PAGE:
Patent Notes from Lecture Mr. Orler
Three main types of intellectual property
1. Copyright - creative works
- a. Lasts the lifetime of the author plus
- b. Covers the description, meaning or
expression of your idea
- c. Covered immediately upon creation in
a fixed, tangible medium
- d. Ex. Your presentation
- e. COPYRIGHT INFRINGEMENT:
- i. Substantially similar as a whole then
you are an infringer.
- ii. Who gets to decide if there is infringement?
- 1. A judge or a jury
- 2. The person who is the plaintiff
the person who made the original gets to decide whether
a jury or a judge decides.
2. Patents - inventions, processes, things
of use, business products (embodiment of ideas)
- a. Lasts 20 years from the date that you
file for a patent
- b. Provides a function it is used
- c. Protection for utility how it
- d. Ex. Your inventions that have use
3. Trademarks how things look, source identifiers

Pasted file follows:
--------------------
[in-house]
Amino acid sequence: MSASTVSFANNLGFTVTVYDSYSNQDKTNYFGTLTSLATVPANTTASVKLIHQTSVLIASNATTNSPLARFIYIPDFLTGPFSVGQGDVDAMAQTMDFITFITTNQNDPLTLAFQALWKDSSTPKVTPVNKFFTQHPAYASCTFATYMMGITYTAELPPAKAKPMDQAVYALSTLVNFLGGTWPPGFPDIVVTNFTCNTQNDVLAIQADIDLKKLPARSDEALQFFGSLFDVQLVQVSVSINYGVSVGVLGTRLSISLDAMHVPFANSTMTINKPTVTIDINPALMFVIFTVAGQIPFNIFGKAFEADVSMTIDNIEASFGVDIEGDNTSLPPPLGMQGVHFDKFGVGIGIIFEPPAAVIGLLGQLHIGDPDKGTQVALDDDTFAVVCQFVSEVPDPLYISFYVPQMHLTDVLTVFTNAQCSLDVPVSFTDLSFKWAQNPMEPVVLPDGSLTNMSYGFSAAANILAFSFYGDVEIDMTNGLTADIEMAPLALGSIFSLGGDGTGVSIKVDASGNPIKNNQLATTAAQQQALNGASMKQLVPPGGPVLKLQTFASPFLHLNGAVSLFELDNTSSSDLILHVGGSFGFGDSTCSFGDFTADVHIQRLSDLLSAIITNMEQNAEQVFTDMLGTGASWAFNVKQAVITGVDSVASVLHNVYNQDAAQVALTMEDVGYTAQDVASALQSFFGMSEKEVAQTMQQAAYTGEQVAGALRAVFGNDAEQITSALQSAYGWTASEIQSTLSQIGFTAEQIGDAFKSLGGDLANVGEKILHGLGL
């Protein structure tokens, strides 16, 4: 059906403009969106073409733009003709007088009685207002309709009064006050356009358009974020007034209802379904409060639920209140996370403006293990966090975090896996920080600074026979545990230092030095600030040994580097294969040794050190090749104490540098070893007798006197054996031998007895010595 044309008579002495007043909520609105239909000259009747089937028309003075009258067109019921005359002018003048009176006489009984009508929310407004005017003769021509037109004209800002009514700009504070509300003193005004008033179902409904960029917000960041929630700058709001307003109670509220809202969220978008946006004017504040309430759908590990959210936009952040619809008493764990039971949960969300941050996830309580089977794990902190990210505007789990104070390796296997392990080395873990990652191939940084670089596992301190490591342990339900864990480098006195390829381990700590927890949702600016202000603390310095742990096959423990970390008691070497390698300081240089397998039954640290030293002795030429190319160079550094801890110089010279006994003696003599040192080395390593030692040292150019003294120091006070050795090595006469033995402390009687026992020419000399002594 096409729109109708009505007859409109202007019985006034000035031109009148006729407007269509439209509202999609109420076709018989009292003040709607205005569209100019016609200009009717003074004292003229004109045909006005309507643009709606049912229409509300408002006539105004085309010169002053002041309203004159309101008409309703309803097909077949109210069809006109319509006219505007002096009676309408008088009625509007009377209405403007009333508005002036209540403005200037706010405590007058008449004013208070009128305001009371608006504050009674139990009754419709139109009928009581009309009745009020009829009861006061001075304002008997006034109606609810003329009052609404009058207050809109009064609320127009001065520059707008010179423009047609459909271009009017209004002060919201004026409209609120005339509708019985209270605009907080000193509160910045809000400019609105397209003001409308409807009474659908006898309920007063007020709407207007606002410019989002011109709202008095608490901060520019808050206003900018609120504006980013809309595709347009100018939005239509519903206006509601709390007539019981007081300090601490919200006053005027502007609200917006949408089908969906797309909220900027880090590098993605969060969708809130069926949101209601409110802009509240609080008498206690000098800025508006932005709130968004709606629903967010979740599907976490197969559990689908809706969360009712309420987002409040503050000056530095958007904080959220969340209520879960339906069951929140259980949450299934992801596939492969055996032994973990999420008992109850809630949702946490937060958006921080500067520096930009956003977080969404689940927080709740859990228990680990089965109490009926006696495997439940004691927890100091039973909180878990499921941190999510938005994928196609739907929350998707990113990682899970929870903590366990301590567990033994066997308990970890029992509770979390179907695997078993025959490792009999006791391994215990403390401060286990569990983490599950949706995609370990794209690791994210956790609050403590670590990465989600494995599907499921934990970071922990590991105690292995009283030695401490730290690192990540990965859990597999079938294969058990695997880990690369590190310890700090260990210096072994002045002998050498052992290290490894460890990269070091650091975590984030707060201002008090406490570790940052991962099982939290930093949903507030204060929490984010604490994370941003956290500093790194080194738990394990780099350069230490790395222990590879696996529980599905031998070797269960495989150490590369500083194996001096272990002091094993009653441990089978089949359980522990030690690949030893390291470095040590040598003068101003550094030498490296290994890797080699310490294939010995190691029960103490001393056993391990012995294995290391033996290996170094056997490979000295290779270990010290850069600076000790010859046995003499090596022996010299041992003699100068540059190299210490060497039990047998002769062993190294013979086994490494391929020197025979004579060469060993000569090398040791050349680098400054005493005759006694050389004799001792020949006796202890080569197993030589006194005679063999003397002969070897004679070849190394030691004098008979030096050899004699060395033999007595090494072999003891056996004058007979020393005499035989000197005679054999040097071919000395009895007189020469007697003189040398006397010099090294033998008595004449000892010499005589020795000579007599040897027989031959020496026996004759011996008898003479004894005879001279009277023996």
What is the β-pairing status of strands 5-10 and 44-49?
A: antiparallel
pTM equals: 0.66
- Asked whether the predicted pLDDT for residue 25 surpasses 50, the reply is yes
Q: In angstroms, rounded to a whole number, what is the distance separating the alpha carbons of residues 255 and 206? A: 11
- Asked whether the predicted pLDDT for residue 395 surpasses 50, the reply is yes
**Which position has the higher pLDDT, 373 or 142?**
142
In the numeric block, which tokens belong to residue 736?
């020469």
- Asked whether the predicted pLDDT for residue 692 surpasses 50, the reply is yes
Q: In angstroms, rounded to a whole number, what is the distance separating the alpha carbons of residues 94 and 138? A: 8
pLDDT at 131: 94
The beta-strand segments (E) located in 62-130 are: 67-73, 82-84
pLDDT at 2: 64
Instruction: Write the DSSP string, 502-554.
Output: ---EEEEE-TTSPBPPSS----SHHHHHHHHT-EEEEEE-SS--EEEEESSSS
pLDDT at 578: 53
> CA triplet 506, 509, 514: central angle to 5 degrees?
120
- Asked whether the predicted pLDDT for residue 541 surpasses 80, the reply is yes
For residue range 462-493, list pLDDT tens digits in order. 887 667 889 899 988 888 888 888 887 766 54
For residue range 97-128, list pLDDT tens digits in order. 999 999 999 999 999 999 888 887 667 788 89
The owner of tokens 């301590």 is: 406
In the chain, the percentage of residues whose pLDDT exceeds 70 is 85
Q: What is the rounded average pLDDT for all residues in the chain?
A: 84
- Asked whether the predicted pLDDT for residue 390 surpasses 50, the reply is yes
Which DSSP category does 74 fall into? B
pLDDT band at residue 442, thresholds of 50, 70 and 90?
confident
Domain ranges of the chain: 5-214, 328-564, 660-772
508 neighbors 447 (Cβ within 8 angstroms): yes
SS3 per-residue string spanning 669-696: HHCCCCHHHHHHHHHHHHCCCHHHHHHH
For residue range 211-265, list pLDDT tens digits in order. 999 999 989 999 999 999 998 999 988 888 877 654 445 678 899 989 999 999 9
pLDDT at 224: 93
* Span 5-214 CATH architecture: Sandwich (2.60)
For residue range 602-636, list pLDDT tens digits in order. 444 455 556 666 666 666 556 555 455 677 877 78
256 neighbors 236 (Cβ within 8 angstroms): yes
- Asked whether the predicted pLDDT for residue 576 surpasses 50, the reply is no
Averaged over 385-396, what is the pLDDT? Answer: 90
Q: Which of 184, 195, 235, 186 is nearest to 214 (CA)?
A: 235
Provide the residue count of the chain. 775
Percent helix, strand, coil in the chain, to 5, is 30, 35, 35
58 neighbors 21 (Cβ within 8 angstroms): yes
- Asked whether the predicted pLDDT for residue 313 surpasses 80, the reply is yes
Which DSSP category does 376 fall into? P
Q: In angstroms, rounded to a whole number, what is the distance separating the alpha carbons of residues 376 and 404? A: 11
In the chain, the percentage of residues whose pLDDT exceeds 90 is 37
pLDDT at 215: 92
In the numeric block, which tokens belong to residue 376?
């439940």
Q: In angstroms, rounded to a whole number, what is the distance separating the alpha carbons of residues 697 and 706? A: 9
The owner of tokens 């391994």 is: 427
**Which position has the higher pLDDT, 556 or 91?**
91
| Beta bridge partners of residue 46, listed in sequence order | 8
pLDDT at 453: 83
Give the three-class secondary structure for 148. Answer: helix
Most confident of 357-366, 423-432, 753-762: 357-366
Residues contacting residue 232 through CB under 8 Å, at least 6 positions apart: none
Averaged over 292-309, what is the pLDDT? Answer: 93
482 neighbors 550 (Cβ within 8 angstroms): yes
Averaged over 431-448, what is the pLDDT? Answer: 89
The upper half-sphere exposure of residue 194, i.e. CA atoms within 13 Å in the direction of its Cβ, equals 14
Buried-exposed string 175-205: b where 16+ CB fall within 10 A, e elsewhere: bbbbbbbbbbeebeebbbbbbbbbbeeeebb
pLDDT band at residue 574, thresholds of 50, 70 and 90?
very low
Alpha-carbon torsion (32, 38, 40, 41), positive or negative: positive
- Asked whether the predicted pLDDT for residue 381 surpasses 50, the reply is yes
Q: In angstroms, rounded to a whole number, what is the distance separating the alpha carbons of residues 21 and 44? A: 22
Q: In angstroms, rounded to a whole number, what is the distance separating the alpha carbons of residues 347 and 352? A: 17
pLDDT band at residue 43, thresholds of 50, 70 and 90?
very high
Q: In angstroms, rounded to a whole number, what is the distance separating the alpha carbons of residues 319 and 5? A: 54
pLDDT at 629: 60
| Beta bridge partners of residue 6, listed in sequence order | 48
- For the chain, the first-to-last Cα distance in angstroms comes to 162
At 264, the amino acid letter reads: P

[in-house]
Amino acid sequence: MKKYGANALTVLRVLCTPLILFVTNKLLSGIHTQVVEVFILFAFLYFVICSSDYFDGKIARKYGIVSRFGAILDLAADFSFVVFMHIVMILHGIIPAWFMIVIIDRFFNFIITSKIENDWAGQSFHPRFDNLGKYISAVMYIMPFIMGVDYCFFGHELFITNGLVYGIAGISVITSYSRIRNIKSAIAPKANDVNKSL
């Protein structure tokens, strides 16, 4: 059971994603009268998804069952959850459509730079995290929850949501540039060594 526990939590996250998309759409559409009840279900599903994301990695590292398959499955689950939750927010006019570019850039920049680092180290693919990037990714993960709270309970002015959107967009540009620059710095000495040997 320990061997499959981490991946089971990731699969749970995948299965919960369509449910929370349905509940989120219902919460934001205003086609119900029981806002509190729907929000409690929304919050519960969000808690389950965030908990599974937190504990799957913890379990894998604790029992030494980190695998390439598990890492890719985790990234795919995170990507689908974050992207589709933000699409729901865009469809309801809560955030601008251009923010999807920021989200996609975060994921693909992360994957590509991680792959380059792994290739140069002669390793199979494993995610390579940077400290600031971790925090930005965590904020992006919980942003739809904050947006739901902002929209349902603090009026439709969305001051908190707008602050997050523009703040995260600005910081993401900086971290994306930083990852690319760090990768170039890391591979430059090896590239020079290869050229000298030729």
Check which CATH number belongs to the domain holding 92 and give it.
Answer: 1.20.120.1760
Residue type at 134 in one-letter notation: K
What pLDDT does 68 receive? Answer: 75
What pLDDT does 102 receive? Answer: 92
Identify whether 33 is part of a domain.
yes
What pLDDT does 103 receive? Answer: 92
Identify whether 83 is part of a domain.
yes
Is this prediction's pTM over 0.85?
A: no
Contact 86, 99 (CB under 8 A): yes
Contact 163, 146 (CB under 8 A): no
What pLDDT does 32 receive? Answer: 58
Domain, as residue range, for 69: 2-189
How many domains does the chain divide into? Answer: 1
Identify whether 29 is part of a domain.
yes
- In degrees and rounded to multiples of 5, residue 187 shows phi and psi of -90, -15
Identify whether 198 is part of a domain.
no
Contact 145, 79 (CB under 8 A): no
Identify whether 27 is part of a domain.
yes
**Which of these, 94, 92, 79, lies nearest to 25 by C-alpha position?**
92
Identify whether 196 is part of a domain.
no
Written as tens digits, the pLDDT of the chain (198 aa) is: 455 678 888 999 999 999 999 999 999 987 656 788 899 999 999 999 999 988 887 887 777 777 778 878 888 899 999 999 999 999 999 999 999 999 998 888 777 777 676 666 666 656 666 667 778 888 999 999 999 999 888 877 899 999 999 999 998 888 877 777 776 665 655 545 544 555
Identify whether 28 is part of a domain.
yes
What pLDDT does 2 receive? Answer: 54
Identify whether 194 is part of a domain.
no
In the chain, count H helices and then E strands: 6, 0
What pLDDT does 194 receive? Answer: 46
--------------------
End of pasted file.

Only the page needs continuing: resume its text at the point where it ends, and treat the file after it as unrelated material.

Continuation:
- a. Lasts forever
- i. Must be in continuous use or it is
- ii. For example, aspirin.
- b. Covers how things look, ex. Starbuck's
- c. Source identifiers helps you
identify a product all over the country so you know that the
items came from the same place.
4. Trade Secrets not used often
- Works that are not protected by copyright
- Free use without permission
- How are items put into the public domain?
o Can originally be copyrightable
o Expired copyright
o Authored by the Federal Government
o Specifically in the public domain
- What is copyright?
- An exception to the exclusive rights of
- How can it be used?
- Persons in education (teachers and students
- How can the materials be used?
- Where can the materials be used?
- Educational institutions, "sticks
- What triggers the exception?
- Purpose and character of use: commercial
- Nature of the copyrighted works
- Amount and substantiality used (how much)
- Effect on market for, or value of, copyrighted
What can be used?
- 10% or 3 minutes, whichever is less, of
a motion picture clip
- 10% or 30 seconds, whichever is less,
or a musical work, whether audio or audiovisual
- No more than 5 images of a single artist
- 10% or 1000 words, whichever is less,
of text materials
Author's name. Title of the page (underline if it is a full
work, or in quotations if it is an article or part of a larger
work). Date of publication. Publisher. Date you last visited the
site. URL in brackets ,.
Scout Project, 1999. University
of Wisconsin Board of Regents. 3 Aug 1999. <http://scout.cs.wisc.edu>